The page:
Another dirty secret of universities is that professors never ever take a class in education or teaching. They are just expected to stand in front of a class and start blabbering. Most professors have very little clue about what they are doing. Most classes I have attended (or given) have a hodgepodge of the textbook content, random things that the lecturer is personally interested in and filler - stuff there is absolutely no need to remember at all. Most professors are teaching stuff that are so out of date that the only time you will ever encounter it is in books that haven't been checked out for decades. Why the hell would you want to remember this crap?

Re:You know what works even even better? (1)

philip.paradis (2580427) | about 5 months ago | (#46925493)

Why did you attend university?

Re:You know what works even even better? (1)

Bite The Pillow (3087109) | about 5 months ago | (#46925577)

For the only reference you thought relevant enough to cite, it is awful full of weasel words like "may", ending with a solid, weasel free conclusion based on nothing concretely shown. I hope there is a better source, otherwise this ranks near homeopathy for everyone not writing a doctoral thesis on it.

Re:You know what works even even better? (0)

Anonymous Coward | about 5 months ago | (#46926599)

While interesting, I don't see how that's at all germane to this discussion. You seem to have it backwards. Intrusive thoughts are explained to be a cause of memory, but it doesn't say memories cause intrusive thoughts.

To respond to your CPU cache comment:

There's a balance here.

1. Not remembering stuff is like reading and writing all your data to tape. Where the tape deck is in the UK and you're in Australia. And you have to change the tapes manually every now and again.

There's a balance to strike.

2. There's essentially a "compression algorithm" that runs when you understand a bunch of things with a pattern.

3. Sometimes knowledge is only comprehensible when built on the framework of other knowledge.

4. You're taking the worst case of education as a given? There's shitty education due to shitty educators; that problem is solved by better educators. What people want to remember better is the good education by good educators.

Mindmaps? (2)

Kittenman (971447) | about 5 months ago | (#46925207)

Anyone use those, these days? Harder (but not impossible) to enter that into a laptop with 'Word' or Google Docs.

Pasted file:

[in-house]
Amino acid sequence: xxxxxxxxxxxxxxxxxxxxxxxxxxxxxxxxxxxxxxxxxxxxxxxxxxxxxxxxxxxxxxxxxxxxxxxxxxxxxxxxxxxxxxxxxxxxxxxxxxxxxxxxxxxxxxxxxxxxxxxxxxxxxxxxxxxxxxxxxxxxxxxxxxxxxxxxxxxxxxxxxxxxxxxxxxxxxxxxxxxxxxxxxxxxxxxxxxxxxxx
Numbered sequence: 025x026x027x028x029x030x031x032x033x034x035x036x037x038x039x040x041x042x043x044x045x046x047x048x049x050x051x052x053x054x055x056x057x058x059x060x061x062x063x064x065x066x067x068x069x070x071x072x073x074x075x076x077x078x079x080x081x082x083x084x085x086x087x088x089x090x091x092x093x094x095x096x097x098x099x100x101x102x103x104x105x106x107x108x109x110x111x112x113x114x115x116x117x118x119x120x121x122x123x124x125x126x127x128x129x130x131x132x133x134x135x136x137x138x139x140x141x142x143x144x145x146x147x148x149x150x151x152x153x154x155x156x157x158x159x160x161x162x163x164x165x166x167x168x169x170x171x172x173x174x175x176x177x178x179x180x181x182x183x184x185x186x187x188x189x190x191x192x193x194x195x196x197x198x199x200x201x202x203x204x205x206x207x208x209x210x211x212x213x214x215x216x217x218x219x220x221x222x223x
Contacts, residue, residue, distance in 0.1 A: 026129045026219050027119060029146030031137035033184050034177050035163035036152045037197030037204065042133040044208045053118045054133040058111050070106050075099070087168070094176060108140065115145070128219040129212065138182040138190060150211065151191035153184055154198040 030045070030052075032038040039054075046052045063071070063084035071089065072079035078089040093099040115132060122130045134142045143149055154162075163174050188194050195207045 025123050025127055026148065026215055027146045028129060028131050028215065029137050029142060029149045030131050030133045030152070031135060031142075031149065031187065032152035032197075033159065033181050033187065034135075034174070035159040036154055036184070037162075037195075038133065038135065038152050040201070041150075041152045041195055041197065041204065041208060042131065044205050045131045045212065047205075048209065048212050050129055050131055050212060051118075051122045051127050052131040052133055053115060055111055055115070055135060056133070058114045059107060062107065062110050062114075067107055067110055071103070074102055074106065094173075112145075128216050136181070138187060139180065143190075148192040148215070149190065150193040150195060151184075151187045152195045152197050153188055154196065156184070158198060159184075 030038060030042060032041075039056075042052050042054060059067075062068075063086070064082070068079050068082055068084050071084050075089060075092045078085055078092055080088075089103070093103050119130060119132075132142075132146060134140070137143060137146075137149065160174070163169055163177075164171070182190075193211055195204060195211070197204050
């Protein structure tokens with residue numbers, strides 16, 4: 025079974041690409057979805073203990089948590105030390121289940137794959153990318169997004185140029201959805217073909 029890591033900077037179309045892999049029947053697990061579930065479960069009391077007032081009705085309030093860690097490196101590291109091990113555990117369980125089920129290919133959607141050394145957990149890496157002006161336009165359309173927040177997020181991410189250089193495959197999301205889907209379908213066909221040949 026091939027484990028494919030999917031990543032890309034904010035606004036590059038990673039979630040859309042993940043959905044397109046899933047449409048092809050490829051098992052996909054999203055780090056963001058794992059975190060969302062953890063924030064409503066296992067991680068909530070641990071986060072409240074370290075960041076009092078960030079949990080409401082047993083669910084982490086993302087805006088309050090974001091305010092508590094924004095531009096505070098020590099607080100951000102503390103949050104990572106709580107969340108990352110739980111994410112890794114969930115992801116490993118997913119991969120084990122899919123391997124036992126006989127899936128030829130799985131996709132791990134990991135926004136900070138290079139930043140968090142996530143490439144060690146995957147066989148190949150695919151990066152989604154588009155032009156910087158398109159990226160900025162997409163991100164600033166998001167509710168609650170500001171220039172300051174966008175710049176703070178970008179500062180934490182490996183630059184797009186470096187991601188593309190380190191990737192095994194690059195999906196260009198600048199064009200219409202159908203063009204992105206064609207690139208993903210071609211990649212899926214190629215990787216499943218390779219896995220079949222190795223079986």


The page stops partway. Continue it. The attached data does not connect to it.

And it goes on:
Re:Mindmaps? (1)

Moggyboy (949119) | about 5 months ago | (#46925223)

I completed my MBA last September and exclusively used XMind to create mindmaps during lectures for three years. I found that by doing this I was constantly reorganizing, reframing and categorizing information, and retained a hell of a lot of it as a result.

Re:Mindmaps? (1)

sbditto85 (879153) | about 5 months ago | (#46925807)

Disclaimer: I work for LucidChart

Have you tried using www.lucidchart.com? Here try the demo https://www.lucidchart.com/doc... [lucidchart.com] then go to more shapes and turn on the mind map library.

So it has nothing to do with the laptop... (0)

Anonymous Coward | about 5 months ago | (#46925235)

So to summarize the findings, it has fuck-all to do with the laptop and more to do with taking notes in a stupid way. Headline should read "Students remember lectures better when they take notes than when they take dictation".

I bet for their next study they can look at which is better for reading books: screens or books. And it turns out if you "read" the book by spinning the mouse wheel, you don't remember very much; amazing!

Then we can compare depth of friendship between people online versus real life. It turns out if your sole interaction is spamming each other with funny cat videos, you don't know much about their personal life; amazing!

huh? (1)

Charliemopps (1157495) | about 5 months ago | (#46925237)

If you had a laptop sitting there, why the hell would you be typing in notes instead of recording the entire lecture to your drive?

Personally I dont get a damned thing from lectures. Some dude speaking at me while I have no real ability to stop and ask substantiative questions is pointless. Watching a video later, or on-line so I can pause to get me questions answered via google is the the next best thing to having a tutor or being an apprentice. I guess some peoples minds just work different.

Re:huh? (1)

Electricity Likes Me (1098643) | about 5 months ago | (#46926307)

Lectures work really really well when you need to have a conceptual understanding of a subject. I always found biology lectures useful, because the subject is extremely concept oriented and you need to understand that. Same with chemistry, and the same with physics - interestingly.